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Bar Journal - June 1, 2000

So, Now What Do We Do?


© 2000 by the author. All rights reserved.

I am pleased to submit an article to the New Hampshire Bar Association Journal. I hope that lessons learned in Florida and by the ABA will help New Hampshire lawyers find a successful and meaningful 21st century practice. I treasure the memory of your warmth and hospitality extended to me as a speaker at your Mid-Winter Meeting. You are blessed with visionary leadership in your officers. I enjoyed meeting and talking with Randy Cooper, George Moore, Greg Robbins, and Peter Hutchins. You have an outstanding Executive Director in Jeannine McCoy. I look forward to the next opportunity to be with you.

In 1998, American Bar Association President Phil Anderson appointed a blue ribbon commission to study the multi-disciplinary practice (MDP) trend, one that has the potential to destroy the relevance and future of the legal profession. The Commission heard volumes of testimony, papers were submitted and the report was issued within the deadline. The American Bar Association MDP Commission voted unanimously in favor of changing Model Rule 5.4 to allow MDPs. The Florida Bar led the charge fighting the Commission's findings by asking for a delay and more study. The Florida Bar's position was first on the House of Delegates agenda because The Florida Bar asked for more study before the report was even released. The Florida Bar opposed the report without the benefit of reading it.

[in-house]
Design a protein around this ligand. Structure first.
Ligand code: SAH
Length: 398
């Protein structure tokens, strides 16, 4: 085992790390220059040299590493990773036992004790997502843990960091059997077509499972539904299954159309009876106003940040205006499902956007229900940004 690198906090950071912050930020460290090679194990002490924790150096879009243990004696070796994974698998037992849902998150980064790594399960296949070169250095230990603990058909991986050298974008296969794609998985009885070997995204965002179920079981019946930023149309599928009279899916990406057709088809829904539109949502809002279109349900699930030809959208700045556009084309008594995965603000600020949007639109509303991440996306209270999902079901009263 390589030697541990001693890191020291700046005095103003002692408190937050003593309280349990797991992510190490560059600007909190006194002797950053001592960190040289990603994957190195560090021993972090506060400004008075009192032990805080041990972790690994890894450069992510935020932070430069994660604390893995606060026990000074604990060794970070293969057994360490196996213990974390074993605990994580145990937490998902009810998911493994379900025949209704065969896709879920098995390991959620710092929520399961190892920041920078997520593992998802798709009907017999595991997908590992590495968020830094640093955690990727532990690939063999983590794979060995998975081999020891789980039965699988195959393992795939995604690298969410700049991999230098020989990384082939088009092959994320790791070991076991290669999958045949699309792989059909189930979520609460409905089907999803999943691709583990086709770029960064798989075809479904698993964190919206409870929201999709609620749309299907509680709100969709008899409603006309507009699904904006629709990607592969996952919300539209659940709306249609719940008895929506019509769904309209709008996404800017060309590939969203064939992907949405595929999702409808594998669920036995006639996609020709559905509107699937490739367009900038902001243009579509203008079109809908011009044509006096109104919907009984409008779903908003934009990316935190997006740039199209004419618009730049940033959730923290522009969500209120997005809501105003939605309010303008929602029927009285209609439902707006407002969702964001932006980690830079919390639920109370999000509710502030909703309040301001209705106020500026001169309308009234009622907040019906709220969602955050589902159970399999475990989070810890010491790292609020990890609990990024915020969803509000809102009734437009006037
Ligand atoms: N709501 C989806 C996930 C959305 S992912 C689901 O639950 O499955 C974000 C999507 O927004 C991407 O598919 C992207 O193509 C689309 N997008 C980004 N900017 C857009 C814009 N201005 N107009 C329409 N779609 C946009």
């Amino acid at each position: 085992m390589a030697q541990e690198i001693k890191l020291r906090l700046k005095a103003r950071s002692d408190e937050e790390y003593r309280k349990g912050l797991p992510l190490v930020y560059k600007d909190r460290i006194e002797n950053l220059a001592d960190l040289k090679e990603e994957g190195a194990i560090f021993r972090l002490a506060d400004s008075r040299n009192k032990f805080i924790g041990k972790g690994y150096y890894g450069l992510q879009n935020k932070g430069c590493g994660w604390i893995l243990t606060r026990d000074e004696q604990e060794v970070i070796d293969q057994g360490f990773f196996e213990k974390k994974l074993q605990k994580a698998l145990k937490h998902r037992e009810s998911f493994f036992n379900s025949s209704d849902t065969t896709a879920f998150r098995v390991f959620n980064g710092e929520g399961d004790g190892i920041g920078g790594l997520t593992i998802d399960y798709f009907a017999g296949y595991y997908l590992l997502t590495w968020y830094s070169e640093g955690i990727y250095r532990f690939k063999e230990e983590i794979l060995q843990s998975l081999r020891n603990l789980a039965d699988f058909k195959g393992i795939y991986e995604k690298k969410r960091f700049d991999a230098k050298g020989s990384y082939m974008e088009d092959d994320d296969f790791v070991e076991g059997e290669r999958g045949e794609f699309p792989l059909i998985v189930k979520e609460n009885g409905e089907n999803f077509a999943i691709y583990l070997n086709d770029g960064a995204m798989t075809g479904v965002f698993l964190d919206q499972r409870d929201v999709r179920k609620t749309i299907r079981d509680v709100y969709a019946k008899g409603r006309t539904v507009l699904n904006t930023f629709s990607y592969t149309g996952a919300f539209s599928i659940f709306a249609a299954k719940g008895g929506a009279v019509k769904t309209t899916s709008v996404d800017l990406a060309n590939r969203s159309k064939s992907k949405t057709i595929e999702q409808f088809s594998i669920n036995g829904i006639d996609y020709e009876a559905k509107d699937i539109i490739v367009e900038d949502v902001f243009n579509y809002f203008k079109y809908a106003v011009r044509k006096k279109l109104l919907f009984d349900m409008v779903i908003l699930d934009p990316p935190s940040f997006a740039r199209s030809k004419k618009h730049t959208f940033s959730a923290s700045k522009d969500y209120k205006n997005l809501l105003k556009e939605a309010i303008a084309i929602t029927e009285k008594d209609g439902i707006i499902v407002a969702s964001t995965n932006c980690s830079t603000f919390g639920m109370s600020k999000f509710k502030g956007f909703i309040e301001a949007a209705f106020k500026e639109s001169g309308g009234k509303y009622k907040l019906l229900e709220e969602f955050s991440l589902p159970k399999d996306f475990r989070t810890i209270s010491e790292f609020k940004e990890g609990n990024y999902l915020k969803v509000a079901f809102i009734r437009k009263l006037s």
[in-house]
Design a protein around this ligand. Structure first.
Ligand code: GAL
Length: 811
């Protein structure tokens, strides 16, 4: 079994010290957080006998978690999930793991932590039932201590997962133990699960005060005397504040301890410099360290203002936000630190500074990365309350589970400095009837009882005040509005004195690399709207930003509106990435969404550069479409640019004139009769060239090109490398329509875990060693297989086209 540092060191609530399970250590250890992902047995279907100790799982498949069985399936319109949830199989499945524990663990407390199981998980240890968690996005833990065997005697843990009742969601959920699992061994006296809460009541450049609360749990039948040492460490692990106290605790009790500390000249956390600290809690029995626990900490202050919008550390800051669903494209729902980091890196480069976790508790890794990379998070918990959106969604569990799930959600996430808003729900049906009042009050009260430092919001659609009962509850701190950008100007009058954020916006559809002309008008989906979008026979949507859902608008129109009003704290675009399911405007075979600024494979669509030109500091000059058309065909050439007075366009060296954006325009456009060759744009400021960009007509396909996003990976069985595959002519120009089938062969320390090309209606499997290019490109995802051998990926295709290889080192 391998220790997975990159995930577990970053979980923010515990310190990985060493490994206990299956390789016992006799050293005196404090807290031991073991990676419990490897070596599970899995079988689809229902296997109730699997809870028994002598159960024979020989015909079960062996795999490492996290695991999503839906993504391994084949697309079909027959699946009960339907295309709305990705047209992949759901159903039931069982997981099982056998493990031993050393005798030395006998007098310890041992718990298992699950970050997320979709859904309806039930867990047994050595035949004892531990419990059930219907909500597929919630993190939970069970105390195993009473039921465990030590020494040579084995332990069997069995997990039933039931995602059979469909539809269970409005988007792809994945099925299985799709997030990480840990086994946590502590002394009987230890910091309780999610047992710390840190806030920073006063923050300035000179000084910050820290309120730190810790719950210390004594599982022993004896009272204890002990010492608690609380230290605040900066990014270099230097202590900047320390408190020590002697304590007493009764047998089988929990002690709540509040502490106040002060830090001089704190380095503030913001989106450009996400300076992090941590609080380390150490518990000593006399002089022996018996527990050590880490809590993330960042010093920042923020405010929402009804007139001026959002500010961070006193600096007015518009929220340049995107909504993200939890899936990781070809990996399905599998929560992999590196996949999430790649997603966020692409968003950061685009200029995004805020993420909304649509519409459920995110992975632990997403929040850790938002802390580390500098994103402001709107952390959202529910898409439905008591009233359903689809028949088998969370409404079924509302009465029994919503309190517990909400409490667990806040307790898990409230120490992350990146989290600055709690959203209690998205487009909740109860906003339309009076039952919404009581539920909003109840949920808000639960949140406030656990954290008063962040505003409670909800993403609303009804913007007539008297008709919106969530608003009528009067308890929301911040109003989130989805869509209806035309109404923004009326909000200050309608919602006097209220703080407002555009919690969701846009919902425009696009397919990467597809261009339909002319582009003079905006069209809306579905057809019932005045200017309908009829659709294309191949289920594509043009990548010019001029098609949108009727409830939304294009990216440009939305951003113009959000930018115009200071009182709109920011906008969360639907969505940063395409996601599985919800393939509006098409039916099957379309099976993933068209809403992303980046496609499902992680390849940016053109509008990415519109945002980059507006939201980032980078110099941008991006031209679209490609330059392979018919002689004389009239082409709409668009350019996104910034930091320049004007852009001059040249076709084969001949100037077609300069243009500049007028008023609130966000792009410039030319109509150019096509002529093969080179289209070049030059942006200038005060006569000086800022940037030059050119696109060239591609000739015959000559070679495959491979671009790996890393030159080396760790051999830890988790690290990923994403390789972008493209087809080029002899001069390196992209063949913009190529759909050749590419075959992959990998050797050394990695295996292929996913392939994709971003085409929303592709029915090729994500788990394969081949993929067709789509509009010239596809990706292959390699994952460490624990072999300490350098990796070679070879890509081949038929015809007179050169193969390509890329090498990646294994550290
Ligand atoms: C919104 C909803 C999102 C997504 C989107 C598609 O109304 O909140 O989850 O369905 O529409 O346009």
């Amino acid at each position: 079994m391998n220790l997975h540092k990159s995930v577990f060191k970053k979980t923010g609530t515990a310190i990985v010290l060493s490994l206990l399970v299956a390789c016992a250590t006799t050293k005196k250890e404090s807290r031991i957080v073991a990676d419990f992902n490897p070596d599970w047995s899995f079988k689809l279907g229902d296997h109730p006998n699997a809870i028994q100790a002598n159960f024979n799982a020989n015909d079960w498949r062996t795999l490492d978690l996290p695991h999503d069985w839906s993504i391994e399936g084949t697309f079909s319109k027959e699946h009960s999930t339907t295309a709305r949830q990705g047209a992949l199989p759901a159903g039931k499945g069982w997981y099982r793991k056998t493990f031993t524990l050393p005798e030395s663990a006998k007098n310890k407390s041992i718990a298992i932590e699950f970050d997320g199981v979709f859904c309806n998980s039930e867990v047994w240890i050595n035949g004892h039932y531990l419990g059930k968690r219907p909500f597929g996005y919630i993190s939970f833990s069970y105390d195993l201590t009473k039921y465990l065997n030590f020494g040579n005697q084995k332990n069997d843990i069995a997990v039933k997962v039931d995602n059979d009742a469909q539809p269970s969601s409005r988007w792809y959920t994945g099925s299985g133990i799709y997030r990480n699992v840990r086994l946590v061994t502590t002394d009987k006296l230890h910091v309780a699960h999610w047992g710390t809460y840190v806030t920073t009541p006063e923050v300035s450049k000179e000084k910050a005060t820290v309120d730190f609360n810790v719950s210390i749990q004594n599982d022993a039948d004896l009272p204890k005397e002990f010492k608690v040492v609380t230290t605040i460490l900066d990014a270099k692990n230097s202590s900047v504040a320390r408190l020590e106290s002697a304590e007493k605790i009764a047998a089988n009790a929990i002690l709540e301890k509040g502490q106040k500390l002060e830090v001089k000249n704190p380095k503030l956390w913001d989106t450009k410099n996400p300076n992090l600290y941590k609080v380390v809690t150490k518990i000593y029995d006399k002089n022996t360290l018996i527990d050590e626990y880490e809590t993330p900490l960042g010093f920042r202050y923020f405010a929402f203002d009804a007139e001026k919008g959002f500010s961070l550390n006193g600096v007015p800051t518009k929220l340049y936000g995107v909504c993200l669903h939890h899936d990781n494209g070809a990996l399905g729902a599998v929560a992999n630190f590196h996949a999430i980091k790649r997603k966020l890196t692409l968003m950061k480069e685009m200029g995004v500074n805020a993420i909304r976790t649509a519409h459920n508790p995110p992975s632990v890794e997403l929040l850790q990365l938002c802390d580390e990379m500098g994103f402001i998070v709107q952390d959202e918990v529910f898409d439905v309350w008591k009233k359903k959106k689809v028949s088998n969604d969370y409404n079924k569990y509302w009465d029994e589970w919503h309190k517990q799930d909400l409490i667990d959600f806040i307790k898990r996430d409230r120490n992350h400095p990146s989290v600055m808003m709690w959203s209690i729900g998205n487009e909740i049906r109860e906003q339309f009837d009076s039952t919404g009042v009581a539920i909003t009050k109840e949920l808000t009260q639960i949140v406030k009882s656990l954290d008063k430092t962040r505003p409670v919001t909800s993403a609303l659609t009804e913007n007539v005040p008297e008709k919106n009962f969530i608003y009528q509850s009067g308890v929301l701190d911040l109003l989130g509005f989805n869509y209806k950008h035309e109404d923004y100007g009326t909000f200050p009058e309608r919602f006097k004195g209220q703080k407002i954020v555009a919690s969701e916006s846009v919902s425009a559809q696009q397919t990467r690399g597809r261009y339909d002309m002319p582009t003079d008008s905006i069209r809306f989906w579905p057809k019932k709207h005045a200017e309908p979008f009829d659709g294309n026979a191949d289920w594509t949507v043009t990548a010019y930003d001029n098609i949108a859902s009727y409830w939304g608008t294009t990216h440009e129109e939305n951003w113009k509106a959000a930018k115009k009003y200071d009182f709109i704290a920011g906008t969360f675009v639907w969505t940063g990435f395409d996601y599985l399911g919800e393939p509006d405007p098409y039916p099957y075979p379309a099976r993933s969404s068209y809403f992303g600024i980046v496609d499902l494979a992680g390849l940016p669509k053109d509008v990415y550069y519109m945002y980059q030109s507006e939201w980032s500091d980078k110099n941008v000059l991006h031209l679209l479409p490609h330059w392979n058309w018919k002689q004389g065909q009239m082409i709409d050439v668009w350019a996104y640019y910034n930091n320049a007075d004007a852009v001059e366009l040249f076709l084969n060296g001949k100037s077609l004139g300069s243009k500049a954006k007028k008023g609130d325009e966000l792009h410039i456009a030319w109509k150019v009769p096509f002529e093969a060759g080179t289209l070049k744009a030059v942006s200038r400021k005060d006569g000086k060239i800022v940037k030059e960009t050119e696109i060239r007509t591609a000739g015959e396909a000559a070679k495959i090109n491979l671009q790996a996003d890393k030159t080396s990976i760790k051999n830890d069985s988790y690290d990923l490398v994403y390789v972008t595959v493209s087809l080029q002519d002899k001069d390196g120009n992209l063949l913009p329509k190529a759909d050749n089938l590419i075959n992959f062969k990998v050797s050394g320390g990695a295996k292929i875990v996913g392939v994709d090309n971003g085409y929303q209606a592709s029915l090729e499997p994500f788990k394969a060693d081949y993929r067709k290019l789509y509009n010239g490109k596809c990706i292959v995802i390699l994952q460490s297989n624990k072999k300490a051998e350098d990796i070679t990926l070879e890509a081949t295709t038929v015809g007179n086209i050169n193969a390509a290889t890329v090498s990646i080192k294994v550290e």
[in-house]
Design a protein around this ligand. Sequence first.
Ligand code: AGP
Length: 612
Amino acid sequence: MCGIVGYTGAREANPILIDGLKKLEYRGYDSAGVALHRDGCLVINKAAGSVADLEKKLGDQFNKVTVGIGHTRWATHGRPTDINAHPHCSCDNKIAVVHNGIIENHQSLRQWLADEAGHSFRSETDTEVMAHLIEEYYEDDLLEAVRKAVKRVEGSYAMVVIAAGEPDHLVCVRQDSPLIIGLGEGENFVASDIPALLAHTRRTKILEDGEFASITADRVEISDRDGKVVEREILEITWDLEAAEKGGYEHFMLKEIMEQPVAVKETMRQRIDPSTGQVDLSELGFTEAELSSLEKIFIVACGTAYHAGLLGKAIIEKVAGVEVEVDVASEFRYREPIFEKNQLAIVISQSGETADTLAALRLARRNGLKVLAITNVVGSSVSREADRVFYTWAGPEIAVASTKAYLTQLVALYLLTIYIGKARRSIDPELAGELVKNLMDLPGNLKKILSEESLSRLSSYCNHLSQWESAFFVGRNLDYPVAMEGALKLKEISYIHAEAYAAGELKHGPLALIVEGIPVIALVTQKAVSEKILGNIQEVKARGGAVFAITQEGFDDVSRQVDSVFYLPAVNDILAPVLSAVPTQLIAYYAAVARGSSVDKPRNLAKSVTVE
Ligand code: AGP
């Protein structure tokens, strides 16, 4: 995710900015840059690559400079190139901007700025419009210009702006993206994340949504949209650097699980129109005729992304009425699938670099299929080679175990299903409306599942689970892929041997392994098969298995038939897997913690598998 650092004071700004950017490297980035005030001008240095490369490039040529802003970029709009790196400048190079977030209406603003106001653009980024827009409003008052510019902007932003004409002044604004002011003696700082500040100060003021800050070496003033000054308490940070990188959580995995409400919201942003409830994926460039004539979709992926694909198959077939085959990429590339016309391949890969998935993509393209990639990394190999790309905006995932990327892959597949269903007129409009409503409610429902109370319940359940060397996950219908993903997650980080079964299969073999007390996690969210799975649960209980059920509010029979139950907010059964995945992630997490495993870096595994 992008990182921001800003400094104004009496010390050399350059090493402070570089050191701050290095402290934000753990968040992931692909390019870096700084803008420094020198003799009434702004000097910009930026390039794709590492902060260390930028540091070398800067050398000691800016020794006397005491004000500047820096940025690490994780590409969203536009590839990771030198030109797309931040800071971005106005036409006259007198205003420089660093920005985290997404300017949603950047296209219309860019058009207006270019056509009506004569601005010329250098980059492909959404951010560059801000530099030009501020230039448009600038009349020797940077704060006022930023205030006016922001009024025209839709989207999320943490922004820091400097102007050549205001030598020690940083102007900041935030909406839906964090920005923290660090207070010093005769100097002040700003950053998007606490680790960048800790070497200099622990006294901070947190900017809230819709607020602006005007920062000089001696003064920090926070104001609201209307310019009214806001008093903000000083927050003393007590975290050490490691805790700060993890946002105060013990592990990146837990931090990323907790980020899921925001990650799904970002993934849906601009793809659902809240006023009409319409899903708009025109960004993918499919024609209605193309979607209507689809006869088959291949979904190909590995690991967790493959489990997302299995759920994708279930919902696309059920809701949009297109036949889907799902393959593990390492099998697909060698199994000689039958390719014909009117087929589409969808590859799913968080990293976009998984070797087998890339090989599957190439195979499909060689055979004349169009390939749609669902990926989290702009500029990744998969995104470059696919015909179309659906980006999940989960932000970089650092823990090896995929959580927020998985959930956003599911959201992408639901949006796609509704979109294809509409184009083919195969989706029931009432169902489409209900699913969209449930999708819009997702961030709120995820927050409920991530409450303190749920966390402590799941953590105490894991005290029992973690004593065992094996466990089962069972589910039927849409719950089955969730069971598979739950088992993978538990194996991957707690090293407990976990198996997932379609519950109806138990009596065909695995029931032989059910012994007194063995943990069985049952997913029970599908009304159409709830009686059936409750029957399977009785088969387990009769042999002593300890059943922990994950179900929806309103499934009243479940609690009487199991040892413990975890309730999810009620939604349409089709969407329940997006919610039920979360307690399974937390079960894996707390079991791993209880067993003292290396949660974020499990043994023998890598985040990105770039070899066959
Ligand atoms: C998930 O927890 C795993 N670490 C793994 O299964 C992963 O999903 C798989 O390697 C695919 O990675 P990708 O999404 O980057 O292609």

Soon the Commission will issue its third report, most likely recommending a lawyer-controlled MDP as the proposed model. Most experts believe the updated recommendations from the MDP Commission will fail by a large margin in the House of Delegates. The opponents of MDP will not change their position; they like to believe the market for legal services is lawyer-controlled when, in fact, it is client-controlled. They will find ways to explain why the U.S. is different from the rest of the world, assuring us that the growing MDP presence both inside and outside our borders has no effect on us. The ABA House of Delegates will consider the MDP issues resolved by calling for increased unlicensed practice of law (UPL) enforcement.

As a proponent of changing the MDP rules, I believe that regulation must follow the market, that markets never follow regulation, that the MDP issue is no more (and no less) than a metaphor for the need for the legal profession to adapt to a dramatically changing marketplace. So, now what do we do?

On Wednesday, April 5, 2000, The Florida Bar Multi-disciplinary Practice/Ancillary Business Committee (MDP committee) voted on two proposals:

  1. To amend Rule 4.5.4 to permit fee sharing only within lawyer-controlled MDPs. (In addition to the rule change to allow lawyer-controlled MDPs, the Pro-MDP committee also recommended a project to "reinvent" the Bar to be sure that legal services and ethical rules are appropriate for 21st century client needs.)